The Stars Shine In Los Angeles Schools
Who wouldn’t love to live in sunny L.A.? The beach, the movie stars, the extremely crowded schools, poor school maintenance, and incompetent administration…Actually, a significant number of the district’s schools do not possess such conditions, despite the reputation of Los Angeles Schools.
There really are many good things about Los Angeles Schools. First of all, former Superintendent Roy Romer is staying involved by heading up “Ed in ‘08”, a project of Strong American Schools. Partly funded by the Bill and Melinda Gates Foundation, “Ed in ‘08” has a platform based on higher standards, more effective teaching, and extra attention to students who need it. The campaign hopes to inspire voters to force presidential candidates from both parties to make education the top priority and to take up its agenda. The project is in good hands with Romer who, during his 6-year stint as the Los Angeles Schools Superintendent, helped to open two new high schools in 2005, four in 2006, and set plans in motion for over 160 schools to be constructed, expanded, or completely refurbished by 2012.
The El Camino Real High School Academic Decathlon team in Woodland Hills is another star feature of Los Angeles Schools. This year’s championship took place in Honolulu, HI. Despite amazing beauty and nearly limitless opportunities for fun, the representatives of Los Angeles Schools devote most of their time to pre-competition cramming. It all paid off, for these students took the top prize, and earned glory for themselves, their school, and all the Los Angeles Schools they represent.
Within the past 6 years, the Los Angeles Schools district has built more new schools than in the previous 60 years but also suffered a dropout rate that may be as high as 50%. In response, meet another Los Angeles Schools star, Jacob Levin. Jacob is a senior at North Hollywood High School, who argues that “school districts [are] hamstrung from providing better student services by a federal government that underfunds education.” Levin adds, “You can’t expect to have an education system that works if you don’t give kids the money they need to be able to get to college.”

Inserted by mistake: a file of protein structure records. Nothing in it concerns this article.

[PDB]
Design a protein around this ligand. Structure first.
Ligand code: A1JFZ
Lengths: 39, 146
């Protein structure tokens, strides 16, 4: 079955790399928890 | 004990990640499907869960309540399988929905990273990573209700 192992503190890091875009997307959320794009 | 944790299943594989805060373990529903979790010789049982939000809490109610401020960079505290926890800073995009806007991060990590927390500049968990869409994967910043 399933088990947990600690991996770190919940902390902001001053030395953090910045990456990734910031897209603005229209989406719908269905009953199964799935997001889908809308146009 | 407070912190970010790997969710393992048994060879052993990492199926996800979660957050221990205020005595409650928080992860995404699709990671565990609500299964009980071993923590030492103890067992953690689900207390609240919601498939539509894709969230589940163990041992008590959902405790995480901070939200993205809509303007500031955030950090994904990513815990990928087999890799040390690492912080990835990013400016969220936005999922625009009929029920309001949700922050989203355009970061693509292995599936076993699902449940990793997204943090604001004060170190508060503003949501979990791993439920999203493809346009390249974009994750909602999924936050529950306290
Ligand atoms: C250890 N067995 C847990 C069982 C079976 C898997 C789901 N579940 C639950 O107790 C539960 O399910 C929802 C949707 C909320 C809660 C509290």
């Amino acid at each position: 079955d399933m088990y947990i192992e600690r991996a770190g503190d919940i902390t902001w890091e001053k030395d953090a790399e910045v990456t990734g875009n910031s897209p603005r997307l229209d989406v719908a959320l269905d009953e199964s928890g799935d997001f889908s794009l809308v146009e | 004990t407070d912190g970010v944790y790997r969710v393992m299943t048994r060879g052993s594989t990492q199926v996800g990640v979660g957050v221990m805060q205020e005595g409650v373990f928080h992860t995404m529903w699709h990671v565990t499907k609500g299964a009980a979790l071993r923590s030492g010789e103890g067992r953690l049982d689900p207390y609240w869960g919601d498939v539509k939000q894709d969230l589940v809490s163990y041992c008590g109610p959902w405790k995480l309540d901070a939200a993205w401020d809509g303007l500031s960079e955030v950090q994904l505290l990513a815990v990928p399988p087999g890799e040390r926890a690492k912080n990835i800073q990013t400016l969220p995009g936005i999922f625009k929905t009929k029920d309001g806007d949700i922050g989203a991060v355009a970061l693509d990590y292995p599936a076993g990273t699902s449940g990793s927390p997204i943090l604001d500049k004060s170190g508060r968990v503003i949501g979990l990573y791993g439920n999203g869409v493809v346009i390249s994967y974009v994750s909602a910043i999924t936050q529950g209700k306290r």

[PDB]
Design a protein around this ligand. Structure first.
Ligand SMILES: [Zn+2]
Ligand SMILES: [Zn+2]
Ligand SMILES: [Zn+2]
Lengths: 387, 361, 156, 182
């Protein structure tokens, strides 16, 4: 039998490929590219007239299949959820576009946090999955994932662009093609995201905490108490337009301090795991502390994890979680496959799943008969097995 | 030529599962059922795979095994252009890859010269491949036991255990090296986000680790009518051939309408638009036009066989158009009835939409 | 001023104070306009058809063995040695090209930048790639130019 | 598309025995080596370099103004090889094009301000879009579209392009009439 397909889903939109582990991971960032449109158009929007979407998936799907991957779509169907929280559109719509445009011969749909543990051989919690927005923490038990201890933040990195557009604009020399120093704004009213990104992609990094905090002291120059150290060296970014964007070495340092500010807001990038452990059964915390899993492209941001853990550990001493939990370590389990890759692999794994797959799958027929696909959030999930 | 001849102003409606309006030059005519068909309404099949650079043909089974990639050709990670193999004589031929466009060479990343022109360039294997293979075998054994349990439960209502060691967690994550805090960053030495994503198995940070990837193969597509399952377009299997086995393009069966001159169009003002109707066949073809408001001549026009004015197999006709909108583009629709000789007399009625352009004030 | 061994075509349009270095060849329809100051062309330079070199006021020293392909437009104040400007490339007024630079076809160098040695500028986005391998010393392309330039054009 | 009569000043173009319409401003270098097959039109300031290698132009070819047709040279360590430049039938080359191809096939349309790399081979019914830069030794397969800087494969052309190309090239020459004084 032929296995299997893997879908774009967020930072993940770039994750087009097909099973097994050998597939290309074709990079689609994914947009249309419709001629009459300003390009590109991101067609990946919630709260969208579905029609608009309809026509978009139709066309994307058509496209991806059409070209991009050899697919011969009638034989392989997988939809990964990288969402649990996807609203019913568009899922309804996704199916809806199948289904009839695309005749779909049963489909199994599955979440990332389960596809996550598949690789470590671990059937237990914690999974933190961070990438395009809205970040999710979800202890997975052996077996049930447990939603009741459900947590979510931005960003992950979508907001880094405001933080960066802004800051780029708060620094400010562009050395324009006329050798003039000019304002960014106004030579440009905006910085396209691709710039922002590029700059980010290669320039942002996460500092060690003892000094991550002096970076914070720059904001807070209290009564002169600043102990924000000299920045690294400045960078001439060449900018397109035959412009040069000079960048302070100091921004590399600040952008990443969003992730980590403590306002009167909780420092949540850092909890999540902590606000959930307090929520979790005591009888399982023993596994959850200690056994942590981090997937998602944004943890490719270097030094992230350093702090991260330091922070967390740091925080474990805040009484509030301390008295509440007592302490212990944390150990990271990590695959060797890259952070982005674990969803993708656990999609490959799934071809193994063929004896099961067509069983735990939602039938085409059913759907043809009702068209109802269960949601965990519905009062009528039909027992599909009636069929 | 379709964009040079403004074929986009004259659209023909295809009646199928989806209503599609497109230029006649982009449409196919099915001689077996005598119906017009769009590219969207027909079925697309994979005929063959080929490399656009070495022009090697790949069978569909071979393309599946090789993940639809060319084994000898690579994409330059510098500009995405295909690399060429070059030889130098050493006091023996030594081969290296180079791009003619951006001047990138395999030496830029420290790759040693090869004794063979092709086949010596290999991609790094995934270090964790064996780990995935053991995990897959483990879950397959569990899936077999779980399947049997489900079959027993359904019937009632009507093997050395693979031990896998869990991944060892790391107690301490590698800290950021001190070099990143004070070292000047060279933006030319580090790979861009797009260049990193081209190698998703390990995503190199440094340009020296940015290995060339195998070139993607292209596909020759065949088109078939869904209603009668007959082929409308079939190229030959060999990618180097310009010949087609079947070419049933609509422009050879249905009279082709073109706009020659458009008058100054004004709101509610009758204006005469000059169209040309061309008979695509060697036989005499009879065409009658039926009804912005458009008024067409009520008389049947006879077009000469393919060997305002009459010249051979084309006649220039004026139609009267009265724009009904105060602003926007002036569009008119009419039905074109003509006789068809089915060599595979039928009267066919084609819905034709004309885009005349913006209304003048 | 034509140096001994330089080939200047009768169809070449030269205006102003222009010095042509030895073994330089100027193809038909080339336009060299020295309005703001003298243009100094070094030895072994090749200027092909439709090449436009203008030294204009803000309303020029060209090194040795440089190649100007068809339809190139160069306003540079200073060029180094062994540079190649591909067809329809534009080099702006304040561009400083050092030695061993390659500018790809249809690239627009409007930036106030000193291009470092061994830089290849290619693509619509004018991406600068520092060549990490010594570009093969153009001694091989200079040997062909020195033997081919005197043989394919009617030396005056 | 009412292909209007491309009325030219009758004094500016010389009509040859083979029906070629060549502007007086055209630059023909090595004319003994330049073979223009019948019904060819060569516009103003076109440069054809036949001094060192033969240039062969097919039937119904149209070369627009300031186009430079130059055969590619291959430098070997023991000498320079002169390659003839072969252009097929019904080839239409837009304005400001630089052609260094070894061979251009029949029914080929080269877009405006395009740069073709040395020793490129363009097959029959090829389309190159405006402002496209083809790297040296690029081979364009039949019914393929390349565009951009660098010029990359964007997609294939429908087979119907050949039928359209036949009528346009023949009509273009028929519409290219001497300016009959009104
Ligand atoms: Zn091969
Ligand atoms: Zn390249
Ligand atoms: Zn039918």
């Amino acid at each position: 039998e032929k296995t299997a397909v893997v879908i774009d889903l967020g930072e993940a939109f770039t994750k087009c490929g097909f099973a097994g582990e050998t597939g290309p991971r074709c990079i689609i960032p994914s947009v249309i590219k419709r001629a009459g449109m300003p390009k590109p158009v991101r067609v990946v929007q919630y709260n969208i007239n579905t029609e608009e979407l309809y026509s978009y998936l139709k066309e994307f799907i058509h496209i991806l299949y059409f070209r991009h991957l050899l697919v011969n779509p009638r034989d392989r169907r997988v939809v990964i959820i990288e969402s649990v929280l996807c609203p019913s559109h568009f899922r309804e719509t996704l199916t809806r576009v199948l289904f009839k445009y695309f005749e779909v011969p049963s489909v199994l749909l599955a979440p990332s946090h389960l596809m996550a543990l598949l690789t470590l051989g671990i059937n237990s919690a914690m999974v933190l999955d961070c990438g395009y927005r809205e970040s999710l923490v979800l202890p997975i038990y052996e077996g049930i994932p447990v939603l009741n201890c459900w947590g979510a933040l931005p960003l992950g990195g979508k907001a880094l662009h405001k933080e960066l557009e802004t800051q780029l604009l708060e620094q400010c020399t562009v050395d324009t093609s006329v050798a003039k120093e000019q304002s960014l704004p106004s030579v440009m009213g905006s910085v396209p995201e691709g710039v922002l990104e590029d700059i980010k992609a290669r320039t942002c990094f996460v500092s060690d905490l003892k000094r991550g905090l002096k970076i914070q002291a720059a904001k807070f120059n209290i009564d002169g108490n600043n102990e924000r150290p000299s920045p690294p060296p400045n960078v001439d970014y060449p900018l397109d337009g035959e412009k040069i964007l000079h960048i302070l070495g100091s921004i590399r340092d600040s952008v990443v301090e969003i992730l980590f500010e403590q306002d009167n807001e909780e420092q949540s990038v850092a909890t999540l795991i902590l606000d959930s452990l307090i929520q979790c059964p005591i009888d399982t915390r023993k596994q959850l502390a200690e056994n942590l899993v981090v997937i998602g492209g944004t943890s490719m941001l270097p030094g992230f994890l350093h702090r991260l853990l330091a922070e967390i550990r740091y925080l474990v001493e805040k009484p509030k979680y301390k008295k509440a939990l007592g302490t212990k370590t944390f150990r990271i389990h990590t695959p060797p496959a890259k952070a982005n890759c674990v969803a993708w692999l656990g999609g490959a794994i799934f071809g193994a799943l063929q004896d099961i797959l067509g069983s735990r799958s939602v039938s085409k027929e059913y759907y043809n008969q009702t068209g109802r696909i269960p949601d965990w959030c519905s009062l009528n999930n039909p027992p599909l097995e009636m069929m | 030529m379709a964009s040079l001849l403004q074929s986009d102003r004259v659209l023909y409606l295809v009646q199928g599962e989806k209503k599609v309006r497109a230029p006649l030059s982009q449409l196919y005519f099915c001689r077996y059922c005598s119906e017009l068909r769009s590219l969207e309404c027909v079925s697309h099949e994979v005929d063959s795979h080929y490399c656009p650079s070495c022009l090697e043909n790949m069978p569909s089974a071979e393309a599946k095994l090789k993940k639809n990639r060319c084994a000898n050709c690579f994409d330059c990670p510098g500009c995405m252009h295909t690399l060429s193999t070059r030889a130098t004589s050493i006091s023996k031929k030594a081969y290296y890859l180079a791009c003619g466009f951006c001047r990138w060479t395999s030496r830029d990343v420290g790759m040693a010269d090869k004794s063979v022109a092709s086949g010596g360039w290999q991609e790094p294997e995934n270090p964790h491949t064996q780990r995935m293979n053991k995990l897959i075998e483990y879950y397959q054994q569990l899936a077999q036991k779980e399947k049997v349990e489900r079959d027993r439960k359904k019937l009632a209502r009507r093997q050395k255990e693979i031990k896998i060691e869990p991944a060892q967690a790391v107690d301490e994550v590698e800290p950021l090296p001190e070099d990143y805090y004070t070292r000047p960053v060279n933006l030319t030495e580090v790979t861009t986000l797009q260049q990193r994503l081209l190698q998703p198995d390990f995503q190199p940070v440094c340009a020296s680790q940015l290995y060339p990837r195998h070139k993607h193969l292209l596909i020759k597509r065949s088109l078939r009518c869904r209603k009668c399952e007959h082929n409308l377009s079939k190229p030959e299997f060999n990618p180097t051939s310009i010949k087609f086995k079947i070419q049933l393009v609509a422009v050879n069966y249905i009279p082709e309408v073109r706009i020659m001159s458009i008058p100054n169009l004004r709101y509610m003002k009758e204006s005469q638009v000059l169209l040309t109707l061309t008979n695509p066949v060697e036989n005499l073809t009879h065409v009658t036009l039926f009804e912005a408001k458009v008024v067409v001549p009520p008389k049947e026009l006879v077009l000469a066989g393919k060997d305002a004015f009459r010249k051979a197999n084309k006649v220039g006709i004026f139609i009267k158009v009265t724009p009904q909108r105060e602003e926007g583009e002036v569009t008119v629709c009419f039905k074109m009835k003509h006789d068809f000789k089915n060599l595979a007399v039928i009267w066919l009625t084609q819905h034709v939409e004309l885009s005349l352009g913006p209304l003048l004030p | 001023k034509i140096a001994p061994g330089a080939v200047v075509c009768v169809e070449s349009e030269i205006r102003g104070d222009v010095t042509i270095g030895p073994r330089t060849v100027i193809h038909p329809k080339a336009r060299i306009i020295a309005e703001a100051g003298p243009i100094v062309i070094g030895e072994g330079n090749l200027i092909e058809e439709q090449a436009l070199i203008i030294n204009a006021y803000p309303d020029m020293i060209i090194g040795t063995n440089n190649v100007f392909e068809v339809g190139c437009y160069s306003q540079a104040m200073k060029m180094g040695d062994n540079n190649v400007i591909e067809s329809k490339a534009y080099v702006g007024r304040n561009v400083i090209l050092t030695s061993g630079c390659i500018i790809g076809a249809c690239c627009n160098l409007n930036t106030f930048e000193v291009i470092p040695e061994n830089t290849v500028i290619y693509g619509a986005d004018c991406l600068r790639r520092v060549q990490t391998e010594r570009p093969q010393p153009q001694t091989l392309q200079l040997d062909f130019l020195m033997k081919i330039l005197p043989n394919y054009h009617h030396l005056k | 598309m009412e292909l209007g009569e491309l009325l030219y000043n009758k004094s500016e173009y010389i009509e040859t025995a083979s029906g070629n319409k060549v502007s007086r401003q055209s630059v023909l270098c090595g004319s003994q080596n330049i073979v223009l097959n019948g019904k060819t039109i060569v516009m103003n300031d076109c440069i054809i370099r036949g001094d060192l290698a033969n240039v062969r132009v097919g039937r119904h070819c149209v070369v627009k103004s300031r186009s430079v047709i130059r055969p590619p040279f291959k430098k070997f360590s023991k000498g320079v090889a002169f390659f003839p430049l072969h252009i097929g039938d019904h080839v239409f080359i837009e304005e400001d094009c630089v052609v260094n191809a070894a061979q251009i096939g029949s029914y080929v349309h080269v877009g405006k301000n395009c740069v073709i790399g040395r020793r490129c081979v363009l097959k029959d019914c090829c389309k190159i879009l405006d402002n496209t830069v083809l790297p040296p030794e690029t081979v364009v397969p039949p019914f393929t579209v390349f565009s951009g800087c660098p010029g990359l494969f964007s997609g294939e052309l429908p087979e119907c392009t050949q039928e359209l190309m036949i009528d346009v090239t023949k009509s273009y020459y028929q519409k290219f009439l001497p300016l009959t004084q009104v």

Another star in the Los Angeles Schools district is the recent and highly significant state allocations to the Visual and Performing Arts education. Nearly $47 million will go to the Los Angeles Schools and is earmarked for dance, music, theatre, and visual arts instruction. The funding comes from two sources. One is a grant of $28 million that will be given to individual Los Angeles Schools. This works out to approximately $50 per student. The current allocation is about $8 per student. Grant money may only be used for materials, supplies, and teacher training. Schools cannot upgrade facilities or hire new instructors. The second funding source ($11.3 million) will be dispersed through the Los Angeles Schools Arts Education Branch. Parents who want to influence how their school uses its Arts money need to be vocal and get involved. The money is there; now all that needs to be done is to spend it wisely.
The Los Angeles Schools district is huge; it is the largest public school system in California and the second-largest in the nation. It serves over 710,000 students and has over 74,000 employees. The Student Handbook is available in 7 different languages: English, Spanish, Korean, Armenian, Chinese, Russian, and Vietnamese. With its size and diversity, it’s no wonder that Los Angeles Schools have all these stars!